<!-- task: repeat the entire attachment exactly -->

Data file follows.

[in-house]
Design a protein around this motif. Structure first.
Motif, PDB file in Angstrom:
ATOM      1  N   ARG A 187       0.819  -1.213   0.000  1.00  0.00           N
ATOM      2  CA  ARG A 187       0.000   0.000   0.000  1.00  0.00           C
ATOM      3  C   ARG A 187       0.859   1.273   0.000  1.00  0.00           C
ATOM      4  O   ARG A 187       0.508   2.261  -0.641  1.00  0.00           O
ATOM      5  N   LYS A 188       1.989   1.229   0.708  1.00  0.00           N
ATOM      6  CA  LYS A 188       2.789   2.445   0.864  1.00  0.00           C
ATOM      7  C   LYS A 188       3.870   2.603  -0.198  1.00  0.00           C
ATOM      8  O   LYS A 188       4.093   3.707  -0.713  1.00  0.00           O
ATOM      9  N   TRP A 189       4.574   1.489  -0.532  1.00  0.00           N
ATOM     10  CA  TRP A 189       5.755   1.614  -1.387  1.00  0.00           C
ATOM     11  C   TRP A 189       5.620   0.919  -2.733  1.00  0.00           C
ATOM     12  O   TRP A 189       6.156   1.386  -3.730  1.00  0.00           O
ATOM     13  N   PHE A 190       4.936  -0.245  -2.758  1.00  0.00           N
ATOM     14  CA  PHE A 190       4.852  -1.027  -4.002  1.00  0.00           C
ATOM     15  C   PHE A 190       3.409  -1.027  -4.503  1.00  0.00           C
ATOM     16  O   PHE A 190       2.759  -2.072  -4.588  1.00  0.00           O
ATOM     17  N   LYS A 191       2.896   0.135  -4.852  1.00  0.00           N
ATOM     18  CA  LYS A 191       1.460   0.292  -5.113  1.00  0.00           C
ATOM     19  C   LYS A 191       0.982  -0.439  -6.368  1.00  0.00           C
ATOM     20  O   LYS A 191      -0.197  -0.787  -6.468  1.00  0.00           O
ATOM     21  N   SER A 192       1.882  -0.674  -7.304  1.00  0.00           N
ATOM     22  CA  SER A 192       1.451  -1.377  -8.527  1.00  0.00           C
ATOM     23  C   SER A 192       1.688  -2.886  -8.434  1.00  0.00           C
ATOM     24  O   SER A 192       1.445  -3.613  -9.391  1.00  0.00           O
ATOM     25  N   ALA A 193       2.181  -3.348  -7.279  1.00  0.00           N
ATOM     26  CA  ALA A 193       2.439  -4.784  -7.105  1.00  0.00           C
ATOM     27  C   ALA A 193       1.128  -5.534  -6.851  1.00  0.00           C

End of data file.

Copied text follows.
[in-house]
Design a protein around this motif. Structure first.
Motif, PDB file in Angstrom:
ATOM      1  N   ARG A 187       0.819  -1.213   0.000  1.00  0.00           N
ATOM      2  CA  ARG A 187       0.000   0.000   0.000  1.00  0.00           C
ATOM      3  C   ARG A 187       0.859   1.273   0.000  1.00  0.00           C
ATOM      4  O   ARG A 187       0.508   2.261  -0.641  1.00  0.00           O
ATOM      5  N   LYS A 188       1.989   1.229   0.708  1.00  0.00           N
ATOM      6  CA  LYS A 188       2.789   2.445   0.864  1.00  0.00           C
ATOM      7  C   LYS A 188       3.870   2.603  -0.198  1.00  0.00           C
ATOM      8  O   LYS A 188       4.093   3.707  -0.713  1.00  0.00           O
ATOM      9  N   TRP A 189       4.574   1.489  -0.532  1.00  0.00           N
ATOM     10  CA  TRP A 189       5.755   1.614  -1.387  1.00  0.00           C
ATOM     11  C   TRP A 189       5.620   0.919  -2.733  1.00  0.00           C
ATOM     12  O   TRP A 189       6.156   1.386  -3.730  1.00  0.00           O
ATOM     13  N   PHE A 190       4.936  -0.245  -2.758  1.00  0.00           N
ATOM     14  CA  PHE A 190       4.852  -1.027  -4.002  1.00  0.00           C
ATOM     15  C   PHE A 190       3.409  -1.027  -4.503  1.00  0.00           C
ATOM     16  O   PHE A 190       2.759  -2.072  -4.588  1.00  0.00           O
ATOM     17  N   LYS A 191       2.896   0.135  -4.852  1.00  0.00           N
ATOM     18  CA  LYS A 191       1.460   0.292  -5.113  1.00  0.00           C
ATOM     19  C   LYS A 191       0.982  -0.439  -6.368  1.00  0.00           C
ATOM     20  O   LYS A 191      -0.197  -0.787  -6.468  1.00  0.00           O
ATOM     21  N   SER A 192       1.882  -0.674  -7.304  1.00  0.00           N
ATOM     22  CA  SER A 192       1.451  -1.377  -8.527  1.00  0.00           C
ATOM     23  C   SER A 192       1.688  -2.886  -8.434  1.00  0.00           C
ATOM     24  O   SER A 192       1.445  -3.613  -9.391  1.00  0.00           O
ATOM     25  N   ALA A 193       2.181  -3.348  -7.279  1.00  0.00           N
ATOM     26  CA  ALA A 193       2.439  -4.784  -7.105  1.00  0.00           C
ATOM     27  C   ALA A 193       1.128  -5.534  -6.851  1.00  0.00           C